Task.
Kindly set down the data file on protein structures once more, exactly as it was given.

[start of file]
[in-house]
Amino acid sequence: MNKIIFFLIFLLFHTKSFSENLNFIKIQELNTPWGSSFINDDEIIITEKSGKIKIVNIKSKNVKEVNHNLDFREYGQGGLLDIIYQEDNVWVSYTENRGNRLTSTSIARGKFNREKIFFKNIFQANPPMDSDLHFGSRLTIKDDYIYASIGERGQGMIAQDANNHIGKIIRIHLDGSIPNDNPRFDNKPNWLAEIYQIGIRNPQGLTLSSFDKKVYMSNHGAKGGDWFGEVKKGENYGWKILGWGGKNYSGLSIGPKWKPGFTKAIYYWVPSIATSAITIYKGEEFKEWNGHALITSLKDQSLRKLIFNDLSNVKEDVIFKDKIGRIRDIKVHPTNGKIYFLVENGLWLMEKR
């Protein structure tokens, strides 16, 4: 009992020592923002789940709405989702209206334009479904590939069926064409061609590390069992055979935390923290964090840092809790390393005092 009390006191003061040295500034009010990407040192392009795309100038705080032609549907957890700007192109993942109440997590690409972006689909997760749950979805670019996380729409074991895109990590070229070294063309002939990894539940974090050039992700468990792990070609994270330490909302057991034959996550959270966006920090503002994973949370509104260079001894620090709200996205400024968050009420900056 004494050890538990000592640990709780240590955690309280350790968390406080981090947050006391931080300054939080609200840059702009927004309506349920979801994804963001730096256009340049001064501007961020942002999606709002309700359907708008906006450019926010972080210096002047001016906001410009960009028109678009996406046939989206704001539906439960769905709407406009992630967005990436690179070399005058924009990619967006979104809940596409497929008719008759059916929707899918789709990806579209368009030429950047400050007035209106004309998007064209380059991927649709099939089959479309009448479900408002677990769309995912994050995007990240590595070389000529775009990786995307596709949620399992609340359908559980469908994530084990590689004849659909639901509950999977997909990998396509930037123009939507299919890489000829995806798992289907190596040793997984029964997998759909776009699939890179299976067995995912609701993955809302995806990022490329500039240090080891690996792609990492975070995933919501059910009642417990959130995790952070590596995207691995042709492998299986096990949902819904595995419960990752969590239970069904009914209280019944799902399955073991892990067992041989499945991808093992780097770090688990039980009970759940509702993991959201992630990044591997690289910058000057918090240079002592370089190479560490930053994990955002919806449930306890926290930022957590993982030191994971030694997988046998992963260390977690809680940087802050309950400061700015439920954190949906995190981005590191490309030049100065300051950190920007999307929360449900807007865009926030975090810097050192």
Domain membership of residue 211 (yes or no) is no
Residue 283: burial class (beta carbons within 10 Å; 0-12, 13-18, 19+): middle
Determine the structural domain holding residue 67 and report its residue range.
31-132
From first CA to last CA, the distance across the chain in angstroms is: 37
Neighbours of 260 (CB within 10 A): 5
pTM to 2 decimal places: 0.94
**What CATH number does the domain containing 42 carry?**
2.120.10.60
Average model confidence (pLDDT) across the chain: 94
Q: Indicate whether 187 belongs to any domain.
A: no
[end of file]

[in-house]
Amino acid sequence: MNKIIFFLIFLLFHTKSFSENLNFIKIQELNTPWGSSFINDDEIIITEKSGKIKIVNIKSKNVKEVNHNLDFREYGQGGLLDIIYQEDNVWVSYTENRGNRLTSTSIARGKFNREKIFFKNIFQANPPMDSDLHFGSRLTIKDDYIYASIGERGQGMIAQDANNHIGKIIRIHLDGSIPNDNPRFDNKPNWLAEIYQIGIRNPQGLTLSSFDKKVYMSNHGAKGGDWFGEVKKGENYGWKILGWGGKNYSGLSIGPKWKPGFTKAIYYWVPSIATSAITIYKGEEFKEWNGHALITSLKDQSLRKLIFNDLSNVKEDVIFKDKIGRIRDIKVHPTNGKIYFLVENGLWLMEKR
């Protein structure tokens, strides 16, 4: 009992020592923002789940709405989702209206334009479904590939069926064409061609590390069992055979935390923290964090840092809790390393005092 009390006191003061040295500034009010990407040192392009795309100038705080032609549907957890700007192109993942109440997590690409972006689909997760749950979805670019996380729409074991895109990590070229070294063309002939990894539940974090050039992700468990792990070609994270330490909302057991034959996550959270966006920090503002994973949370509104260079001894620090709200996205400024968050009420900056 004494050890538990000592640990709780240590955690309280350790968390406080981090947050006391931080300054939080609200840059702009927004309506349920979801994804963001730096256009340049001064501007961020942002999606709002309700359907708008906006450019926010972080210096002047001016906001410009960009028109678009996406046939989206704001539906439960769905709407406009992630967005990436690179070399005058924009990619967006979104809940596409497929008719008759059916929707899918789709990806579209368009030429950047400050007035209106004309998007064209380059991927649709099939089959479309009448479900408002677990769309995912994050995007990240590595070389000529775009990786995307596709949620399992609340359908559980469908994530084990590689004849659909639901509950999977997909990998396509930037123009939507299919890489000829995806798992289907190596040793997984029964997998759909776009699939890179299976067995995912609701993955809302995806990022490329500039240090080891690996792609990492975070995933919501059910009642417990959130995790952070590596995207691995042709492998299986096990949902819904595995419960990752969590239970069904009914209280019944799902399955073991892990067992041989499945991808093992780097770090688990039980009970759940509702993991959201992630990044591997690289910058000057918090240079002592370089190479560490930053994990955002919806449930306890926290930022957590993982030191994971030694997988046998992963260390977690809680940087802050309950400061700015439920954190949906995190981005590191490309030049100065300051950190920007999307929360449900807007865009926030975090810097050192």
Domain membership of residue 211 (yes or no) is no
Residue 283: burial class (beta carbons within 10 Å; 0-12, 13-18, 19+): middle
Determine the structural domain holding residue 67 and report its residue range.
31-132
From first CA to last CA, the distance across the chain in angstroms is: 37
Neighbours of 260 (CB within 10 A): 5
pTM to 2 decimal places: 0.94
**What CATH number does the domain containing 42 carry?**
2.120.10.60
Average model confidence (pLDDT) across the chain: 94
Q: Indicate whether 187 belongs to any domain.
A: no